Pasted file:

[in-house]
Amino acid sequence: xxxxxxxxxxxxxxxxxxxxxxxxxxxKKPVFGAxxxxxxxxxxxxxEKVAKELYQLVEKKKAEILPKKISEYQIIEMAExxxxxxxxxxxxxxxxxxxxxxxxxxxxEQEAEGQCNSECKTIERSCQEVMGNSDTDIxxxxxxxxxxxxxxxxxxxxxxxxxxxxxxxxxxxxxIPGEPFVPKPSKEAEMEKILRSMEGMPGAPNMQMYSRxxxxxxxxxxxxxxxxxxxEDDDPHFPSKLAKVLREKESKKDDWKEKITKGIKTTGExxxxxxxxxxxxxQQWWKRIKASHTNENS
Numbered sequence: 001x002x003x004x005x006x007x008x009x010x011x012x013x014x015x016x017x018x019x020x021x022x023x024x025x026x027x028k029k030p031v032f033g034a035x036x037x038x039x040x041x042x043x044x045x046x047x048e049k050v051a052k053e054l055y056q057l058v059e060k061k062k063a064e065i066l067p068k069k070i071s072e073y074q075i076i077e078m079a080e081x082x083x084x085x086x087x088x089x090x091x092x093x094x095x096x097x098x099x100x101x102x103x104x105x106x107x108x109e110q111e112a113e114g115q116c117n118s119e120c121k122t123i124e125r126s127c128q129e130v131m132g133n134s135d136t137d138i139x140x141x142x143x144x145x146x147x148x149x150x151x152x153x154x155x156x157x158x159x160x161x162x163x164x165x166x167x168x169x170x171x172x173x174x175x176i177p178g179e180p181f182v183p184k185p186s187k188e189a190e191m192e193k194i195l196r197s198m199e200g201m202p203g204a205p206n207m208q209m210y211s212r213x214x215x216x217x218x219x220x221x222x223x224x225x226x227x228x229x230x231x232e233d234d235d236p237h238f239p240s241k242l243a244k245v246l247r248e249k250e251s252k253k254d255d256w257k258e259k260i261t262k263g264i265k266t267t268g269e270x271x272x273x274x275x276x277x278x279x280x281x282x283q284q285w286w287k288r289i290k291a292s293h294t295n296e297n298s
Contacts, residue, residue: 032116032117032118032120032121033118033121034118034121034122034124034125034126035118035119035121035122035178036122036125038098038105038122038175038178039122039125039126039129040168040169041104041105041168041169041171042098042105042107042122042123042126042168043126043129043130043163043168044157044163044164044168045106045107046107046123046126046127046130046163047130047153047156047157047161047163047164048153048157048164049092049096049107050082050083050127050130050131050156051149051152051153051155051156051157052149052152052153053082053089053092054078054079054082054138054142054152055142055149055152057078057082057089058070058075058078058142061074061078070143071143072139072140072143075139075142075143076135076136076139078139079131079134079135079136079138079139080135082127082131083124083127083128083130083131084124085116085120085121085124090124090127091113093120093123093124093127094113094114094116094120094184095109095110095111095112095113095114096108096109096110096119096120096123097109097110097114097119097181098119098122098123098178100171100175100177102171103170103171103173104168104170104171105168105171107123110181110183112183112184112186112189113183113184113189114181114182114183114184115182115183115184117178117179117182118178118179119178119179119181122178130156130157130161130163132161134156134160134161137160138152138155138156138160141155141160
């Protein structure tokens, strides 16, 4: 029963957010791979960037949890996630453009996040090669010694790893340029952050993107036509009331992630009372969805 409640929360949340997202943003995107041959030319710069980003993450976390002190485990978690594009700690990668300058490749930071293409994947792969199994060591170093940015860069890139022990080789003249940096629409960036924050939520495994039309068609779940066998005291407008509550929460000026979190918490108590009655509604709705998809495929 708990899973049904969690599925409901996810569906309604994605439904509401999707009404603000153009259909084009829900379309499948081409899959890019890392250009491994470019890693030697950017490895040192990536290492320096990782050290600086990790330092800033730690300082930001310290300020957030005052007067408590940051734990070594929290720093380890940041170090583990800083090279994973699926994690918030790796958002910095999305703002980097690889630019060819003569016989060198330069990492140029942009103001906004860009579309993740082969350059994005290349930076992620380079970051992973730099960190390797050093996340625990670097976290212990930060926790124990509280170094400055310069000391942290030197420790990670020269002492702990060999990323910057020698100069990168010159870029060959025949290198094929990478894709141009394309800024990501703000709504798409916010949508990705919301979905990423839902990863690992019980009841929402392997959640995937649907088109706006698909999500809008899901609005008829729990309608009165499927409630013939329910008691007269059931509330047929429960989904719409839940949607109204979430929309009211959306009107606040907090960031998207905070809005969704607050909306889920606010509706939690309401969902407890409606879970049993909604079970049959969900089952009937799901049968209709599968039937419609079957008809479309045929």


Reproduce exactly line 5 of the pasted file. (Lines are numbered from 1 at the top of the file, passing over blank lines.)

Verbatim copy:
């Protein structure tokens, strides 16, 4: 029963957010791979960037949890996630453009996040090669010694790893340029952050993107036509009331992630009372969805 409640929360949340997202943003995107041959030319710069980003993450976390002190485990978690594009700690990668300058490749930071293409994947792969199994060591170093940015860069890139022990080789003249940096629409960036924050939520495994039309068609779940066998005291407008509550929460000026979190918490108590009655509604709705998809495929 708990899973049904969690599925409901996810569906309604994605439904509401999707009404603000153009259909084009829900379309499948081409899959890019890392250009491994470019890693030697950017490895040192990536290492320096990782050290600086990790330092800033730690300082930001310290300020957030005052007067408590940051734990070594929290720093380890940041170090583990800083090279994973699926994690918030790796958002910095999305703002980097690889630019060819003569016989060198330069990492140029942009103001906004860009579309993740082969350059994005290349930076992620380079970051992973730099960190390797050093996340625990670097976290212990930060926790124990509280170094400055310069000391942290030197420790990670020269002492702990060999990323910057020698100069990168010159870029060959025949290198094929990478894709141009394309800024990501703000709504798409916010949508990705919301979905990423839902990863690992019980009841929402392997959640995937649907088109706006698909999500809008899901609005008829729990309608009165499927409630013939329910008691007269059931509330047929429960989904719409839940949607109204979430929309009211959306009107606040907090960031998207905070809005969704607050909306889920606010509706939690309401969902407890409606879970049993909604079970049959969900089952009937799901049968209709599968039937419609079957008809479309045929």